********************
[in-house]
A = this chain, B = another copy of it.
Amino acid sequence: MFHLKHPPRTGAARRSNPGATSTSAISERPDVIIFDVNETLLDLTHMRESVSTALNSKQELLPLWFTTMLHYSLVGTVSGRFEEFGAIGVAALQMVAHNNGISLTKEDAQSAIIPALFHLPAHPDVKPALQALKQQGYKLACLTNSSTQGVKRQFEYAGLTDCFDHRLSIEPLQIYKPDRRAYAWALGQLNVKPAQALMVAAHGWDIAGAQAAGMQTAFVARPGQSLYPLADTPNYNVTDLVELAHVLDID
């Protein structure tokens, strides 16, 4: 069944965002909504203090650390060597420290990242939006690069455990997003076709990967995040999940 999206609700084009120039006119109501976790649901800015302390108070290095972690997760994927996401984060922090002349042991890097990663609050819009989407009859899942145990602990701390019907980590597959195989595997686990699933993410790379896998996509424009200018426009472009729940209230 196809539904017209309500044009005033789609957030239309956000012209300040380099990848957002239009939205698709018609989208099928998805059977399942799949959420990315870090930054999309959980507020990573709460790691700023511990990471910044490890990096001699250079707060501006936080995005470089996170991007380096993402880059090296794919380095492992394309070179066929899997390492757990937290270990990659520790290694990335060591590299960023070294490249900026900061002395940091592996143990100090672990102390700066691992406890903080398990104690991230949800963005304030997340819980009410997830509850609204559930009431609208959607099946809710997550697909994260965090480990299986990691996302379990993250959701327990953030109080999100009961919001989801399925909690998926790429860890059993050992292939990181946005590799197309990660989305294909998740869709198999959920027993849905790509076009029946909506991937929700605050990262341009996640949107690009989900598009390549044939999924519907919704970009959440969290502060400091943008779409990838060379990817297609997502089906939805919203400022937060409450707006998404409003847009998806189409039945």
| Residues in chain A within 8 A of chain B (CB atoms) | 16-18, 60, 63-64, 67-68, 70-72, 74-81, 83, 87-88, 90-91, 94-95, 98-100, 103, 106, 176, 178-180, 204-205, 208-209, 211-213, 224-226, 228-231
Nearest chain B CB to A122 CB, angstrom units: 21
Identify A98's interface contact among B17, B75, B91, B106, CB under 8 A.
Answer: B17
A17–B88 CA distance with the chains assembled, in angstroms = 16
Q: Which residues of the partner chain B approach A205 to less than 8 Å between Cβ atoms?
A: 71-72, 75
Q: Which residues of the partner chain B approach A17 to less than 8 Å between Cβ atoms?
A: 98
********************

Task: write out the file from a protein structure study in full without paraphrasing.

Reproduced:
[in-house]
A = this chain, B = another copy of it.
Amino acid sequence: MFHLKHPPRTGAARRSNPGATSTSAISERPDVIIFDVNETLLDLTHMRESVSTALNSKQELLPLWFTTMLHYSLVGTVSGRFEEFGAIGVAALQMVAHNNGISLTKEDAQSAIIPALFHLPAHPDVKPALQALKQQGYKLACLTNSSTQGVKRQFEYAGLTDCFDHRLSIEPLQIYKPDRRAYAWALGQLNVKPAQALMVAAHGWDIAGAQAAGMQTAFVARPGQSLYPLADTPNYNVTDLVELAHVLDID
């Protein structure tokens, strides 16, 4: 069944965002909504203090650390060597420290990242939006690069455990997003076709990967995040999940 999206609700084009120039006119109501976790649901800015302390108070290095972690997760994927996401984060922090002349042991890097990663609050819009989407009859899942145990602990701390019907980590597959195989595997686990699933993410790379896998996509424009200018426009472009729940209230 196809539904017209309500044009005033789609957030239309956000012209300040380099990848957002239009939205698709018609989208099928998805059977399942799949959420990315870090930054999309959980507020990573709460790691700023511990990471910044490890990096001699250079707060501006936080995005470089996170991007380096993402880059090296794919380095492992394309070179066929899997390492757990937290270990990659520790290694990335060591590299960023070294490249900026900061002395940091592996143990100090672990102390700066691992406890903080398990104690991230949800963005304030997340819980009410997830509850609204559930009431609208959607099946809710997550697909994260965090480990299986990691996302379990993250959701327990953030109080999100009961919001989801399925909690998926790429860890059993050992292939990181946005590799197309990660989305294909998740869709198999959920027993849905790509076009029946909506991937929700605050990262341009996640949107690009989900598009390549044939999924519907919704970009959440969290502060400091943008779409990838060379990817297609997502089906939805919203400022937060409450707006998404409003847009998806189409039945």
| Residues in chain A within 8 A of chain B (CB atoms) | 16-18, 60, 63-64, 67-68, 70-72, 74-81, 83, 87-88, 90-91, 94-95, 98-100, 103, 106, 176, 178-180, 204-205, 208-209, 211-213, 224-226, 228-231
Nearest chain B CB to A122 CB, angstrom units: 21
Identify A98's interface contact among B17, B75, B91, B106, CB under 8 A.
Answer: B17
A17–B88 CA distance with the chains assembled, in angstroms = 16
Q: Which residues of the partner chain B approach A205 to less than 8 Å between Cβ atoms?
A: 71-72, 75
Q: Which residues of the partner chain B approach A17 to less than 8 Å between Cβ atoms?
A: 98